Is It 1999 All Over Again?

July 18, 2014

The ebullient mood on Wall Street today was stimulated by a rash of merger and acquisition announcements. 

Consider the following: In the energy sector, Kodiak Oil & Gas (KOG) agreed to be acquired by Whiting Petroleum (WLL), resulting in a sizable jump for both stocks.  Among industrials, URS Corp. (URS) agreed to be acquired by Aecom (ACM), leading to 10-12% leaps for both stocks.  Among health care companies, Shire Pharmaceuticals (SPHG) was reported to have accepted a $53 billion takeover bid AbbVie (ABBV); also, Mylan (MYL) announced a $5.3 billion deal to purchase a segment of Abbot (ABT). 

If you get the feeling that M&A is becoming bubbly, you’d be right.  According to the Business Insider web site, the first quarter of 2014 witnessed the largest aggregate deal value since 2007 and the largest average deal size since 2007 (see chart below).  In the second quarter alone, there were three U.S. merger proposals worth at least $40 billion, says MergerMarket’s M&A Trend Report: Q1 2014.

Zacks, meanwhile, points out that M&A activity hit a 7-year peak as of June 26 with consolidate deal values increasing 75% year over year to $1.75 trillion.  While it’s true that the return of “merger mania” often marks the terminal phase of a bull market, it would appear that this particular M&A boom still has some room to run before topping out.  Due to the enormous levels of cash on corporate balance sheets in recent years, not to mention record low interest rates and favorable credit markets, the M&A trend has had lots of fuel behind it.  

So while the M&A trend is definitely building momentum, it hasn’t yet turned into the dangerous “merger mania” episode of the 1990s.  Mergers and acquisitions are symptomatic of the greed (or “irrational exuberance” as Alan Greenspan put it) which accompanies the late stages of a bull market.  At some point, however, the trend will run to an extreme – just as it did in the late ‘90s – and will evoke its own reversal as per the “Rule of Alternation.”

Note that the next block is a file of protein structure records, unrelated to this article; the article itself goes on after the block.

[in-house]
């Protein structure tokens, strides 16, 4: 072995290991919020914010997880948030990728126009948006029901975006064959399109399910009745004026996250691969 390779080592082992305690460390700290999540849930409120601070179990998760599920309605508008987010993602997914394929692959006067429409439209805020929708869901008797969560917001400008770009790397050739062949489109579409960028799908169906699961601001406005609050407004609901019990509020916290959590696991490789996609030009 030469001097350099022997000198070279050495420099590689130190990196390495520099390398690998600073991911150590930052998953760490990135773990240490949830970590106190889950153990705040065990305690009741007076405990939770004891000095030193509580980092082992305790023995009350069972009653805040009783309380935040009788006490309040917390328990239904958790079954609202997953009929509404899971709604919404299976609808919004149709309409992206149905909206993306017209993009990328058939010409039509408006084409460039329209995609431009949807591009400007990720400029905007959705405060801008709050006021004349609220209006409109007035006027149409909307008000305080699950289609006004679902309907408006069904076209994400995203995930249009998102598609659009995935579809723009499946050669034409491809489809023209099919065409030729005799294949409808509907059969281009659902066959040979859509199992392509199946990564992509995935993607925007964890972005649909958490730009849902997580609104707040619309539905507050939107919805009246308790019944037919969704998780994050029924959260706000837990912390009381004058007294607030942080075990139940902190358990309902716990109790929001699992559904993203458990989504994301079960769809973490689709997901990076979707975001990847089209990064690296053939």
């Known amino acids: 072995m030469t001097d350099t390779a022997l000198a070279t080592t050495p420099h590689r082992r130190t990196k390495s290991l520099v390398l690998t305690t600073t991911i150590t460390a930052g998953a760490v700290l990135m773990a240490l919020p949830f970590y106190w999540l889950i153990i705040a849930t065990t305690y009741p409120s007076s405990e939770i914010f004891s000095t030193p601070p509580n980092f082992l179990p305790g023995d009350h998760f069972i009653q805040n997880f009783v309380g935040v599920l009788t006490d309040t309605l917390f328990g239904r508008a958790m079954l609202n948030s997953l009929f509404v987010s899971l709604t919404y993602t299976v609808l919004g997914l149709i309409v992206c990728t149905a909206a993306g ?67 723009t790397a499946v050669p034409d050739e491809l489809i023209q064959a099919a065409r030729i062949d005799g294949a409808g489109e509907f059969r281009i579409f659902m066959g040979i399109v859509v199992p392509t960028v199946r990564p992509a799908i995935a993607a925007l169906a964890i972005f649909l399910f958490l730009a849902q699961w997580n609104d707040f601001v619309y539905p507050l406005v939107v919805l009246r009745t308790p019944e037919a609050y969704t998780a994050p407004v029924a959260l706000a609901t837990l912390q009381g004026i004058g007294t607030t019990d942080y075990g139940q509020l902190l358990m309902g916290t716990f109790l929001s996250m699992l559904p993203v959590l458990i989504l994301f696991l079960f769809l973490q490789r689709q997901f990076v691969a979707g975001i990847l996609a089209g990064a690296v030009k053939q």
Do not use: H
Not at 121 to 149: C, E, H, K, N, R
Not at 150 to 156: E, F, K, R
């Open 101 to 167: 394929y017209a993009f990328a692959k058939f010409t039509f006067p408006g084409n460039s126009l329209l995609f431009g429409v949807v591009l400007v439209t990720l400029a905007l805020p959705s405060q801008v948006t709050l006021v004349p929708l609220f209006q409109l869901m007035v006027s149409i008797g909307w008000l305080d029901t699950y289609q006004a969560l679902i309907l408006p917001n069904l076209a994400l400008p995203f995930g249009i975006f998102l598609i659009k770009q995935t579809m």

While we’re on the subject of irrational exuberance, another newsworthy item came to our attention today which reminded us of the late ‘90s.  Remember the Internet stock craze and the often ridiculous valuations (or lack thereof) behind many Internet startups of those days?  Well it would appear that the bromide “history repeats” is playing out once again.  A company operating under the name of Cynk Technology Corp (CYNK), which markets itself as a social network firm, is headquartered in Belize and has just one employee.  Moreover, the company has no reported revenue and zero assets, yet its stock price has rallied 25,000% since June is now worth $6 billion as of last week.  

Comenting on CYNK, options strategist Jacob Mintz of Cabot Options Trader said: “It appears to be a case of ‘pump and dump’ gone haywire. The SEC finally stepped in on Friday [Jul. 11] and halted trading of the stock due to concerns about “the accuracy and adequacy of information in the marketplace and potentially manipulative transactions in CYNK common stock.”  Could the stock symbol for this company turn out to be a prescient, yet ironic, commentary on the company’s future?

Although the Dow Jones Industrial Average (DJIA) and NASDAQ 100 (NDX) remain above their rising 30-day and 60-day moving averages as of Thursday, July 17, there are a couple of negative signs among the major indices.  One such area of weakness is the small cap stocks.  The Russell 2000 Small Cap Index (RUT) has recently made a negative divergence when compared with the other major indices.  As of Thursday, RUT has even violated its 60-day moving average in a sign of major weakness.  We’ll need to closely monitor the RUT in the coming days since persistent weakness in the small cap stocks could eventually spill over into the broad market.

The S&P 400 Midcap Index (MID), an important leading indicator for the S&P 500, has also violated the 30-day MA and is about to test its 60-day MA.  A decisive violation of this important trend line could set the stage for a “summer swoon” for the broad market.  See the following chart. 


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